Monday, May 25, 2009

Data dependency algorithms under polyhedral model vs. normal algorithms


Data dependency algorithms in trunk is mostly with I test and Omega test. Both of them are limited. Here is a comparison between them.

  • Precise level
    1. I test (GCD test and Banerjee test): Only evaluates the ability to prove or disprove dependence between statements.
    2. Omega test: Can give a precise level (Tell which iteration of statements are in dependent), but less precise when there is one or more integer symbolic constant are present.
    3. Polyhedral dependence: Give the right precision level ( Will tell which iteration of statements are in dependent).
  • Triangle loops
    1. I test and Omega test: Can not handle.
    2. Polyhedral dependence: Can handle.
  • conditionals with boolean expressions of affine inequalities
    1. I test and Omega test: Can not handle.
    2. Polyhedral dependence: Can handle.
  • Cost
    1. I test: It cost less and is always preferred because they capture most dependency under a low computational cost.
    2. Omega test: Worst exponential complexities, but works good in practice.
    3. Polyhedral dependence: High cost.

Reference: [1] Violated Dependence Analysis by Nicolas Vasilache, Albert Cohen, Cedric Bastoul, Sylvain Girbal.

Practically (Implement in Graphite):

/* FIXME: Need to be added.  */

Tuesday, May 19, 2009

Testing result of run-time after loop-parallelization

It's unlucky that blogger is unavailable  now in China that I could only
using gladder to get access. But it's lucky that blogger has a email
post functionality, so, it's fine.

I have tested some simple loops which parallelized by autopar
to see how much promotion we can got. This test results now
is available in gcc wiki:
Mainly include:

1. One nested loop, number of threads vs. run-time, with
   not all the code parallel.
2. One nested loop, number of threads vs. run-time, almost
   all code got parallel.
3. Two nested loops, with innermost parallel, number of threads
    vs. run-time. (It got worse after parallel.)
4. Two nested loops, with outer loop parallel, number of threads
    vs. run-time. (It's better).

The 4 figures include comparing of:
 - Runtime of openmp directive inserted c code.
 - Runtime of Graphite autoparallel c code.
 - Runtime of non-parallel c code.

For this week, I'm planning to do some work with
the already-done data dependency work. Maybe firstly write
some test cases for the data dependency checking to see what
kinds of loops we could/want parallelize.

Thursday, May 7, 2009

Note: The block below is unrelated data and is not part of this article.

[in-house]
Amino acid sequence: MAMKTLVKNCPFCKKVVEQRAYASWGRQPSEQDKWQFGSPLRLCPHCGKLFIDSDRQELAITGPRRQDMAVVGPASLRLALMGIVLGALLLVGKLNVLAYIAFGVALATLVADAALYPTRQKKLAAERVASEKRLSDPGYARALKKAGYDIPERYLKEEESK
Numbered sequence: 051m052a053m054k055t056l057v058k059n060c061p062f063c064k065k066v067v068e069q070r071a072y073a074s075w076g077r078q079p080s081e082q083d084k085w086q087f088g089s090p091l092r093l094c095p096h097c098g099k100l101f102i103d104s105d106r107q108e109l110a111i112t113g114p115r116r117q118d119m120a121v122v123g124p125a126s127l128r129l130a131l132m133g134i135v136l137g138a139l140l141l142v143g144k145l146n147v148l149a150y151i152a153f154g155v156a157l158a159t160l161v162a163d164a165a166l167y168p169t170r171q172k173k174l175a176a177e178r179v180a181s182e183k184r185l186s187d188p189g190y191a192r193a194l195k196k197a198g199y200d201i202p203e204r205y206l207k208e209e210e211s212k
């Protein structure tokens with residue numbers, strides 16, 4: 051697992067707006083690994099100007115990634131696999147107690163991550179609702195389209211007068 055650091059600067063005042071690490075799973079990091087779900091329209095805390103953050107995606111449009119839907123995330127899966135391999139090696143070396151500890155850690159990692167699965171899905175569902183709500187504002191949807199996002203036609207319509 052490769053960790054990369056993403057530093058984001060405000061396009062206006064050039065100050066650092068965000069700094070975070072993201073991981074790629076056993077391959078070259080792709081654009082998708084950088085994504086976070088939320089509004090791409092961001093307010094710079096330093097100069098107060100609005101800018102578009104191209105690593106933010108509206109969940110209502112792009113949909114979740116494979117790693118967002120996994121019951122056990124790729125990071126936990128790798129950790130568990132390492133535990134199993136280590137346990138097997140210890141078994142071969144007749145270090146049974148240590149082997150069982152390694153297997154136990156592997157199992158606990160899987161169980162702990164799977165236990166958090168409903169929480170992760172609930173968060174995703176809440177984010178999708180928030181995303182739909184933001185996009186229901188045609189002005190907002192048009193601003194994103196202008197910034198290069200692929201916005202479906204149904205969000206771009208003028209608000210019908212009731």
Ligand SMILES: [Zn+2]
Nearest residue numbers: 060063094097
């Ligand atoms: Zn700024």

Tips for reading code

Using cscope instead of grep

In gcc code base, the definition of a function is always writen like:
some_func(int *)
So that when you wanner find a certain definition, you can use something like:
grep *.c ^some_func
This is not always convenient especially when you want to find definition in a code based not styled like gcc style. With cscope, you can do more...
  • Find global definition
  • Find functions calling a function
  • Find egrep pattern (I like this, it's super nice)
  • More...
Sometimes it doesn't work when using cscope finding definition in gcc.
Yes, this happens when you trying to find the definition of struct which marked by GTY(()), which is related to a sophisticated memory management techniques. But whenever their is a question, there is always a solution just not far away. We can simply find these definitions with cscope's finding egrep pattern method, then you can find patterns like struct GTY ((chain_next (""))) loop. It's easy, hmm :)
Cscope supported emacs and it's integrated in a kind interface. But I think it'll be better if it can do something like etags works in emacs -- Go back as farther from where I start the find command as it can do... I like this very much, you may want to go back to your place after you read the definition's definition's definition...

Sometimes we need to use find+grep

Sometimes it's more convenient to using unix's super good cmd tool like find grep etc. to search the code base.
If you want to find in gcc/testsuite 's expect file (*.exp) a certain pattern, say DEFAULT_CFLAGS. You can simply use:
find . -iname "*.exp" -exec grep DEFAULT_CFLAGS {} \;

^L :)

Monday, May 4, 2009

write testsuites for autopar's code generation part

After triggering autopar's code generation part after Graphite, I write some testcases for judging whether this part works correctly. Now the simple tests is located at testsuites/gcc.dg/graphite/graphite_autopar. These test cases will PASS all the 9 checkings (3 checkings per test). Unfortunately, the reduction tests (I didn't include in the testsuites) will fail when collecting reduction information. I'll work with Razya to findout why.

Basic plans:
  • Regression test for the patch(split autopar) for trunk.
  • Try to merge/update Graphite's autopar code generation part with trunk (This part need some time, maybe I'll try to findout if we can do this appropriately first).
  • Testsuites of autopar in trunk didn't actually run (just compile and analysis dump file), so maybe I'll submit a patch for that.